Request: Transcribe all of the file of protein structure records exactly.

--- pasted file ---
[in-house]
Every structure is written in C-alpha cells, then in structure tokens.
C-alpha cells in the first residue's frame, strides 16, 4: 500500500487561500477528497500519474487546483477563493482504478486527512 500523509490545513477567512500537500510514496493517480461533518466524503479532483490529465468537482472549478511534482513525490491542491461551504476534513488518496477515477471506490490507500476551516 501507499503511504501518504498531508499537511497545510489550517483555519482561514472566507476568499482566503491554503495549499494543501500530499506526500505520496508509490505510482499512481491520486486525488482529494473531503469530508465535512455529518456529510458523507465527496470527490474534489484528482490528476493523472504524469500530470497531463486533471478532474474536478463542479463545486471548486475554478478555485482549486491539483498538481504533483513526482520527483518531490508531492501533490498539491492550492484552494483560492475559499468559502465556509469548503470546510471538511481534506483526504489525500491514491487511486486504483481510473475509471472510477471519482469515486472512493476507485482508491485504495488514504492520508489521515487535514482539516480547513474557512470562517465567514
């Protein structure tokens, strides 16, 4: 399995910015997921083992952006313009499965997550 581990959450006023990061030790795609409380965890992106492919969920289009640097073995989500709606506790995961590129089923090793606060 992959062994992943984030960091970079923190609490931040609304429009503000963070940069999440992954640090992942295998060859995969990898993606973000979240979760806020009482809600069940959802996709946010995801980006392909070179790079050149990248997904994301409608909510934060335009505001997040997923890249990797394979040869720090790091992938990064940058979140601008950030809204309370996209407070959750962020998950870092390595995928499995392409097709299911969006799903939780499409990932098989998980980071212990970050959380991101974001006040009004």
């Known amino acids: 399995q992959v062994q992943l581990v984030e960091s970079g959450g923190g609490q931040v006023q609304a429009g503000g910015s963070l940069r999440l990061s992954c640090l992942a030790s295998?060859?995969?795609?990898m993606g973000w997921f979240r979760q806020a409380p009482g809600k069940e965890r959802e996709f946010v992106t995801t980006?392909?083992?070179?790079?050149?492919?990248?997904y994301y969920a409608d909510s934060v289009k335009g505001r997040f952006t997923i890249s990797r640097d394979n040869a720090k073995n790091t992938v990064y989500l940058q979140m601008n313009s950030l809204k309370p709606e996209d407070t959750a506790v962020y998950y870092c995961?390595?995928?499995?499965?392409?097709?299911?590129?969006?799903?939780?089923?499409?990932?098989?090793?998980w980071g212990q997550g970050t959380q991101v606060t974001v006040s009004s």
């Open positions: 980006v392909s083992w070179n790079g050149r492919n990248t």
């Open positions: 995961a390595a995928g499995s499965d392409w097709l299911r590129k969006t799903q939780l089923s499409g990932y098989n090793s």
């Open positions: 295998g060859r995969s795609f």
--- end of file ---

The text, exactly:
[in-house]
Every structure is written in C-alpha cells, then in structure tokens.
C-alpha cells in the first residue's frame, strides 16, 4: 500500500487561500477528497500519474487546483477563493482504478486527512 500523509490545513477567512500537500510514496493517480461533518466524503479532483490529465468537482472549478511534482513525490491542491461551504476534513488518496477515477471506490490507500476551516 501507499503511504501518504498531508499537511497545510489550517483555519482561514472566507476568499482566503491554503495549499494543501500530499506526500505520496508509490505510482499512481491520486486525488482529494473531503469530508465535512455529518456529510458523507465527496470527490474534489484528482490528476493523472504524469500530470497531463486533471478532474474536478463542479463545486471548486475554478478555485482549486491539483498538481504533483513526482520527483518531490508531492501533490498539491492550492484552494483560492475559499468559502465556509469548503470546510471538511481534506483526504489525500491514491487511486486504483481510473475509471472510477471519482469515486472512493476507485482508491485504495488514504492520508489521515487535514482539516480547513474557512470562517465567514
């Protein structure tokens, strides 16, 4: 399995910015997921083992952006313009499965997550 581990959450006023990061030790795609409380965890992106492919969920289009640097073995989500709606506790995961590129089923090793606060 992959062994992943984030960091970079923190609490931040609304429009503000963070940069999440992954640090992942295998060859995969990898993606973000979240979760806020009482809600069940959802996709946010995801980006392909070179790079050149990248997904994301409608909510934060335009505001997040997923890249990797394979040869720090790091992938990064940058979140601008950030809204309370996209407070959750962020998950870092390595995928499995392409097709299911969006799903939780499409990932098989998980980071212990970050959380991101974001006040009004």
């Known amino acids: 399995q992959v062994q992943l581990v984030e960091s970079g959450g923190g609490q931040v006023q609304a429009g503000g910015s963070l940069r999440l990061s992954c640090l992942a030790s295998?060859?995969?795609?990898m993606g973000w997921f979240r979760q806020a409380p009482g809600k069940e965890r959802e996709f946010v992106t995801t980006?392909?083992?070179?790079?050149?492919?990248?997904y994301y969920a409608d909510s934060v289009k335009g505001r997040f952006t997923i890249s990797r640097d394979n040869a720090k073995n790091t992938v990064y989500l940058q979140m601008n313009s950030l809204k309370p709606e996209d407070t959750a506790v962020y998950y870092c995961?390595?995928?499995?499965?392409?097709?299911?590129?969006?799903?939780?089923?499409?990932?098989?090793?998980w980071g212990q997550g970050t959380q991101v606060t974001v006040s009004s």
């Open positions: 980006v392909s083992w070179n790079g050149r492919n990248t």
């Open positions: 995961a390595a995928g499995s499965d392409w097709l299911r590129k969006t799903q939780l089923s499409g990932y098989n090793s």
């Open positions: 295998g060859r995969s795609f």